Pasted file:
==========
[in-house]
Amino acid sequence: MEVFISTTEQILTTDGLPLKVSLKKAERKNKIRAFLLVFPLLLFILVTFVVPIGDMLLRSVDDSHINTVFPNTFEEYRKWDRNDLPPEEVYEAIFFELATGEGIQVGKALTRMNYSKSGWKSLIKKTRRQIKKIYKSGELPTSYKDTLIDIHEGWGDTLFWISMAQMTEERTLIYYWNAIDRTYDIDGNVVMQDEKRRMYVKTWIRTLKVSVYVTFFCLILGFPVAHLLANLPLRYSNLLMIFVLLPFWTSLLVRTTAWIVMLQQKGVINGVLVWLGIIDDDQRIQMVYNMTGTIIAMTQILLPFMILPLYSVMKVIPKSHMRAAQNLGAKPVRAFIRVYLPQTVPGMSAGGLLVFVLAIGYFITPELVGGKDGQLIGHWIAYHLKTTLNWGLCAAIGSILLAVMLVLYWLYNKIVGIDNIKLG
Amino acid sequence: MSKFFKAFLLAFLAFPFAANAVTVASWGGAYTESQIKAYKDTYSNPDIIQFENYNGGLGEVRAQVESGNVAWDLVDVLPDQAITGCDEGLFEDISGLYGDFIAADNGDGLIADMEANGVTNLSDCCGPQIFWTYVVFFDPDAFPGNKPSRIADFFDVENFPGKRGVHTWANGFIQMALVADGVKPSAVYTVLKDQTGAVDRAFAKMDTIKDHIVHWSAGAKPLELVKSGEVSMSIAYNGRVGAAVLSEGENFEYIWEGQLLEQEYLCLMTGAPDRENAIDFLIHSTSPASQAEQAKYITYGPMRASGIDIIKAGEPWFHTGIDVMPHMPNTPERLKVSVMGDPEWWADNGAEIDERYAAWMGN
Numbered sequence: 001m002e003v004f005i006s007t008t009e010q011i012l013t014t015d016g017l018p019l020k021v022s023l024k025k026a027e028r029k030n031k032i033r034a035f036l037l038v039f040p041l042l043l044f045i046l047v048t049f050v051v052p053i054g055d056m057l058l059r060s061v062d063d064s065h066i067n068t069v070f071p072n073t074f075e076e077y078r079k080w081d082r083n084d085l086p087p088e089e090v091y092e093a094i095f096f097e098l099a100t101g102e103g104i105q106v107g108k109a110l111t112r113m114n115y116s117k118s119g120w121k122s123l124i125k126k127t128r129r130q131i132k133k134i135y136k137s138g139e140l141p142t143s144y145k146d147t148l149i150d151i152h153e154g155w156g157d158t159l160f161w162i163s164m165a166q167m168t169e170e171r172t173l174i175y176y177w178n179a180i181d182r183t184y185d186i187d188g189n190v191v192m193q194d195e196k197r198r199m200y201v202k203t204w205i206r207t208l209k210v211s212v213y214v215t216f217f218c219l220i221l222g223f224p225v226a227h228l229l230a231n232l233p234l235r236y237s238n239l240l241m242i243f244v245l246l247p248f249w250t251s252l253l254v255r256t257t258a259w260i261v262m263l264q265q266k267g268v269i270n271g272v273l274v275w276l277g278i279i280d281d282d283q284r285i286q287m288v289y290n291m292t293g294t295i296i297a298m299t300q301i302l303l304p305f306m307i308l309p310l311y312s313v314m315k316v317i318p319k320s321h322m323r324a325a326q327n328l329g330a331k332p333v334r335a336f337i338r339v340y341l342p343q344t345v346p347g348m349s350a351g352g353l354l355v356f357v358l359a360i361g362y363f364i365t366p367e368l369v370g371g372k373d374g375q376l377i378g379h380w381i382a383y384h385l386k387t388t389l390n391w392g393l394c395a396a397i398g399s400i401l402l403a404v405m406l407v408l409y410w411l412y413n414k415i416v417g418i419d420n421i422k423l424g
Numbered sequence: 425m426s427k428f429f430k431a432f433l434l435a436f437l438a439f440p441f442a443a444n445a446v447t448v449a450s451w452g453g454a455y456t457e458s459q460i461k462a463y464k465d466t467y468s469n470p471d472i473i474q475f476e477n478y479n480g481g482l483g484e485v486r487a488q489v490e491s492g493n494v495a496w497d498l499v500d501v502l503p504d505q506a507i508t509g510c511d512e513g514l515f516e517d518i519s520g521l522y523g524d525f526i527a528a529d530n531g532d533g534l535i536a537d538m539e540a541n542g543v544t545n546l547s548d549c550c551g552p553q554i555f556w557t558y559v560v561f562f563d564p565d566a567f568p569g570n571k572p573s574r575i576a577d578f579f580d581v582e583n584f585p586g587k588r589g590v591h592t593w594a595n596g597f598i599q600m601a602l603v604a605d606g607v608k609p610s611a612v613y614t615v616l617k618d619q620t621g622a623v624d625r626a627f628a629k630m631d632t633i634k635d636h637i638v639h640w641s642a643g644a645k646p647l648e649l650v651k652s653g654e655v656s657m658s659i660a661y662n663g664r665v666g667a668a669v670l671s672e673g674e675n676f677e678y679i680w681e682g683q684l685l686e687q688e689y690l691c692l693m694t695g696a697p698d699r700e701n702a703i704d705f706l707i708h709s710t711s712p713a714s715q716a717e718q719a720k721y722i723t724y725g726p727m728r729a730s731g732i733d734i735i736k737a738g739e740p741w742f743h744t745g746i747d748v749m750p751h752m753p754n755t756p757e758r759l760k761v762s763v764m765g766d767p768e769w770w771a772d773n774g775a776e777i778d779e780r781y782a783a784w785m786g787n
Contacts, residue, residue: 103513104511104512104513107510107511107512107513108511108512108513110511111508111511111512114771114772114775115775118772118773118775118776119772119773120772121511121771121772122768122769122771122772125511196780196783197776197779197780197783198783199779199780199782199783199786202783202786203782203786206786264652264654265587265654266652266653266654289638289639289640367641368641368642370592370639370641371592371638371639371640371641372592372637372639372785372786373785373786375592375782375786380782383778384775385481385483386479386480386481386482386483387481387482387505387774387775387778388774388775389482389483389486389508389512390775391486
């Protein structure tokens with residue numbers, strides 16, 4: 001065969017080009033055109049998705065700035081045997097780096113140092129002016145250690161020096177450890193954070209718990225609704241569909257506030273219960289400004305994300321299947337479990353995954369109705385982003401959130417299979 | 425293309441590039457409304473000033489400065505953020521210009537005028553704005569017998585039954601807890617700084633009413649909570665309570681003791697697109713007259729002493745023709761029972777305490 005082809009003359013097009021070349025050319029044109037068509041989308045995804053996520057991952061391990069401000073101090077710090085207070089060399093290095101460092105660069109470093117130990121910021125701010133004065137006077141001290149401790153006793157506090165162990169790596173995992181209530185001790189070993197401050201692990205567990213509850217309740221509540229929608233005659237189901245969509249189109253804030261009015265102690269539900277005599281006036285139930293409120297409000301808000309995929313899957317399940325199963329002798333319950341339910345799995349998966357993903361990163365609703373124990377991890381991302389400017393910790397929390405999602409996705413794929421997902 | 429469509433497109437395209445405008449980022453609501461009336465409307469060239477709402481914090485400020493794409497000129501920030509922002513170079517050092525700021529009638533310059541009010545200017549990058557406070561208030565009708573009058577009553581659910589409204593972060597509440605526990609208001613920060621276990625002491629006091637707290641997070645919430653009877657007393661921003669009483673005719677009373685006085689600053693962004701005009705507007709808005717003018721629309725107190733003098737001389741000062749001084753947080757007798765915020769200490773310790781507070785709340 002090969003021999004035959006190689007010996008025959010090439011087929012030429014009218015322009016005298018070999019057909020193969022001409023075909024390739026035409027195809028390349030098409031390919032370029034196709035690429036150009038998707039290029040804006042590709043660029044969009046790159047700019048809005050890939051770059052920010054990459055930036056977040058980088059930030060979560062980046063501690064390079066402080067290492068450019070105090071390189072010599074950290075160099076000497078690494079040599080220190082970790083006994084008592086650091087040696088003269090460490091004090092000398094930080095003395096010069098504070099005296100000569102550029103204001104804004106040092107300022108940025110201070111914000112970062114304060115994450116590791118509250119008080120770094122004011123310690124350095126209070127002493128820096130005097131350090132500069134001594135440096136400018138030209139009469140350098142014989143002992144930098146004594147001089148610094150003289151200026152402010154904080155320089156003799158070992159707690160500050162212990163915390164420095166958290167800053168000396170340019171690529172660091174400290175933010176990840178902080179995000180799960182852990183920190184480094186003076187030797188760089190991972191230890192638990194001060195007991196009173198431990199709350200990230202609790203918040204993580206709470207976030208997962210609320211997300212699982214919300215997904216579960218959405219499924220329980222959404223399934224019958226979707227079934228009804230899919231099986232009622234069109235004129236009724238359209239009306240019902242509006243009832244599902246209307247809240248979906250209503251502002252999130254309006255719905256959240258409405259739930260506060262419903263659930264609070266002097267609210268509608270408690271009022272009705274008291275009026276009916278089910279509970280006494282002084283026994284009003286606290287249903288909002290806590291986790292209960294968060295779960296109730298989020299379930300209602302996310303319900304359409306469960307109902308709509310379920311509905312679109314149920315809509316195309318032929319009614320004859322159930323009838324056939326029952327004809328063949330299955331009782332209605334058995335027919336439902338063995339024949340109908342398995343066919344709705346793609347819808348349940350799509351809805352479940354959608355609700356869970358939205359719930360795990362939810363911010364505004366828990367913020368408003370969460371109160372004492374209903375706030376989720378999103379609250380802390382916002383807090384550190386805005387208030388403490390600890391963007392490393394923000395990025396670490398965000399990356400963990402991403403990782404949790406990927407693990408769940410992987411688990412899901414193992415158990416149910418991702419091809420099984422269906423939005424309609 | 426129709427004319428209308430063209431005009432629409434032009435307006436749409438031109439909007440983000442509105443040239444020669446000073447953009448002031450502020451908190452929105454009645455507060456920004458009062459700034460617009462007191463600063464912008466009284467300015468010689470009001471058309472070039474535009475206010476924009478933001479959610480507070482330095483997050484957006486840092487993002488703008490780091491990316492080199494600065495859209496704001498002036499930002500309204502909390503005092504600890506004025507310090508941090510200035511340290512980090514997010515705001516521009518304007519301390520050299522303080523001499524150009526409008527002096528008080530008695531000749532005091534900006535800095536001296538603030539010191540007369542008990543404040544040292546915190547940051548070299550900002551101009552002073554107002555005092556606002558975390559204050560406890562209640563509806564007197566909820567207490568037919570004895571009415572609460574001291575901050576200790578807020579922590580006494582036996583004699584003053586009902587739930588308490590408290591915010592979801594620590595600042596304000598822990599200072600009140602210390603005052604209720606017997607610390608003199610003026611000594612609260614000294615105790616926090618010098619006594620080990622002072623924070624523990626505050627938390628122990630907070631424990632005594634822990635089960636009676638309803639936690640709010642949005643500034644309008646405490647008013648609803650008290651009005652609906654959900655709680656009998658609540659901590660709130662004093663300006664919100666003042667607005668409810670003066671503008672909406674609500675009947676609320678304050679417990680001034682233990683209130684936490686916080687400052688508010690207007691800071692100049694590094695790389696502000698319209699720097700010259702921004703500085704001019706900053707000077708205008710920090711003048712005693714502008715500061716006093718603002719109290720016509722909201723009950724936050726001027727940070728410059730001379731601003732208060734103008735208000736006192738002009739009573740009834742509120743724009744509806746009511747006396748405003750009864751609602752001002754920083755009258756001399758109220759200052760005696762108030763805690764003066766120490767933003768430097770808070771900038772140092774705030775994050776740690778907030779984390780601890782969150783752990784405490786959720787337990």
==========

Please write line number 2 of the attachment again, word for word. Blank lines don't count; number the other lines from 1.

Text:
Amino acid sequence: MEVFISTTEQILTTDGLPLKVSLKKAERKNKIRAFLLVFPLLLFILVTFVVPIGDMLLRSVDDSHINTVFPNTFEEYRKWDRNDLPPEEVYEAIFFELATGEGIQVGKALTRMNYSKSGWKSLIKKTRRQIKKIYKSGELPTSYKDTLIDIHEGWGDTLFWISMAQMTEERTLIYYWNAIDRTYDIDGNVVMQDEKRRMYVKTWIRTLKVSVYVTFFCLILGFPVAHLLANLPLRYSNLLMIFVLLPFWTSLLVRTTAWIVMLQQKGVINGVLVWLGIIDDDQRIQMVYNMTGTIIAMTQILLPFMILPLYSVMKVIPKSHMRAAQNLGAKPVRAFIRVYLPQTVPGMSAGGLLVFVLAIGYFITPELVGGKDGQLIGHWIAYHLKTTLNWGLCAAIGSILLAVMLVLYWLYNKIVGIDNIKLG